Poisoned vulture: more than 1,200 vultures have been deliberately poisoned in Southern and Eastern Africa in 2019. Wildlife ACT / Mongabay<p>"Vultures provide critically important ecosystem services by cleaning up carcasses thus reducing the spread of dangerous diseases such as anthrax and rabies and resulting in highly significant economic and human health benefits," said Brent Coverdale, an animal scientist for Ezemvelo KZN Wildlife at the symposium. "We really can't afford to lose them."</p><p>As vultures are protected by law, it is illegal to possess or kill any of the six vulture species found in South Africa. Nevertheless, deliberate killings continue.</p><p>Roberts said the latest poisoning incident had been reported to local police.</p><p>"We are hoping this leads to an arrest," said Roberts. "If the illegal harvest of these birds is not halted, then extinction may be just around the corner and the services that they provide within the ecosystem will be lost forever."</p><p>As part of a bid to save vulture populations, managers of conservation areas and private game reserves in South Africa are collaborating to <a href="https://news.mongabay.com/2019/11/lift-off-for-first-african-vulture-safe-zones/" target="_blank">create safe havens for existing vulture populations</a>.</p><p><em><em>Fred Kockott is the founding director of <a href="https://rovingreporters.co.za/" target="_blank">Roving Reporters</a>, a journalism training agency that focuses on environmental, social and justice issues.</em></em></p><p><em>Additional reporting by Mlu Mdletshe, Roving Reporters.</em></p><p><em>Reposted with permission from <a href="https://news.mongabay.com/2019/12/alarm-over-mass-vulture-poisoning-in-south-africa/" target="_blank">Mongabay</a>.</em></p>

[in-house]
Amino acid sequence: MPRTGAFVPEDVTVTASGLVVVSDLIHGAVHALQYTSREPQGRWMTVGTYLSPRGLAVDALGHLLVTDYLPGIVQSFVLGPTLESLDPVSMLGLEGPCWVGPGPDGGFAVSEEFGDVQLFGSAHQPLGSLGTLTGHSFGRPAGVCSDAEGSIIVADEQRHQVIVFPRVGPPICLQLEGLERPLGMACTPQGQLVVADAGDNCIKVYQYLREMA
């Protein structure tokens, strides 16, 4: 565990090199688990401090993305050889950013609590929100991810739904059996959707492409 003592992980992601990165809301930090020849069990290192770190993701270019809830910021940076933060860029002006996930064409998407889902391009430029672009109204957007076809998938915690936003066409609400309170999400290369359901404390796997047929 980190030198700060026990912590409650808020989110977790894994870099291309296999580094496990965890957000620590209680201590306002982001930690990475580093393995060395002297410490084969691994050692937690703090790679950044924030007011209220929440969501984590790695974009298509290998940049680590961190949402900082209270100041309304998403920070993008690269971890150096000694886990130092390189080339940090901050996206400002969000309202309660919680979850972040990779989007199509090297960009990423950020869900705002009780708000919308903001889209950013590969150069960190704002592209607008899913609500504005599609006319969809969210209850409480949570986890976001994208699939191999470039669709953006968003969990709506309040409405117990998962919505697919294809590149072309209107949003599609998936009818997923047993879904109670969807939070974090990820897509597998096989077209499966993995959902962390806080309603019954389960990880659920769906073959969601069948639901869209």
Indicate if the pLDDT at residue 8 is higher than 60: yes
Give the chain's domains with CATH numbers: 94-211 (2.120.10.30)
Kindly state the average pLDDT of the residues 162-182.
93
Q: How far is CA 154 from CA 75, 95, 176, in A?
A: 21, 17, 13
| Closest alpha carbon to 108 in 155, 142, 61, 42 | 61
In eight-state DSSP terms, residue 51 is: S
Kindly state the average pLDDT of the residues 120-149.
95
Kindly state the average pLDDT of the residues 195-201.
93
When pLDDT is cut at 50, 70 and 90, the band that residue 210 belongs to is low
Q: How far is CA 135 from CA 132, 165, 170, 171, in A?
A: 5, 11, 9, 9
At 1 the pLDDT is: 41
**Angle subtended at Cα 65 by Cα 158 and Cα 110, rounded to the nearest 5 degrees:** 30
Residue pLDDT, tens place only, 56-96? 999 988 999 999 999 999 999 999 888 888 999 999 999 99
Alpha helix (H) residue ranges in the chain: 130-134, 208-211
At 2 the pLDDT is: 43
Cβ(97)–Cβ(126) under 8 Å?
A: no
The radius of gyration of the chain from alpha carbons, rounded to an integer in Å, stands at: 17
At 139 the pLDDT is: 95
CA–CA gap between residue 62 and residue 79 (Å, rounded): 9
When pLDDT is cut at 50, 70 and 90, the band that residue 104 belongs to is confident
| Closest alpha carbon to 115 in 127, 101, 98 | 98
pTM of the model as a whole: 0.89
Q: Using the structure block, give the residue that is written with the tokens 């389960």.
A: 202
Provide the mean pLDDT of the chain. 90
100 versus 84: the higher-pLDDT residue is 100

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Methane emissions are a far more powerful greenhouse gas than carbon dioxide – about 28 times more powerful. And they have been rising steadily since 2007. Now, a new study has pinpointed the African tropics as a hot spot responsible for one-third of the global methane surge, as Newsweek reported.
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'Grand African Savannah Green Up': Major $85 Million Project Announced to Scale up Agroforestry in Africa
By Erik Hoffner
Amid a deluge of news during the U.N. Climate Summit last month, one major announcement went largely uncovered, yet is among the most important initiatives aimed at reducing the effects of climate change revealed during the events in New York City.
FMNR in action: a farmer removes side stems from resprouted Guiera senegalensis, the first step in encouraging a strong trunk. Image courtesy of P. Savadogo / World Agroforestry
Millet in Maradi, Niger, benefiting from proximity to Combretum glutinosum shrubs that a farmer is assisting to resprout from stumps. Combretum glutinosum is a fast-growing, drought-resistant woody plant common in the dry Sahel. Image courtesy of P. Savadogo / World Agroforestry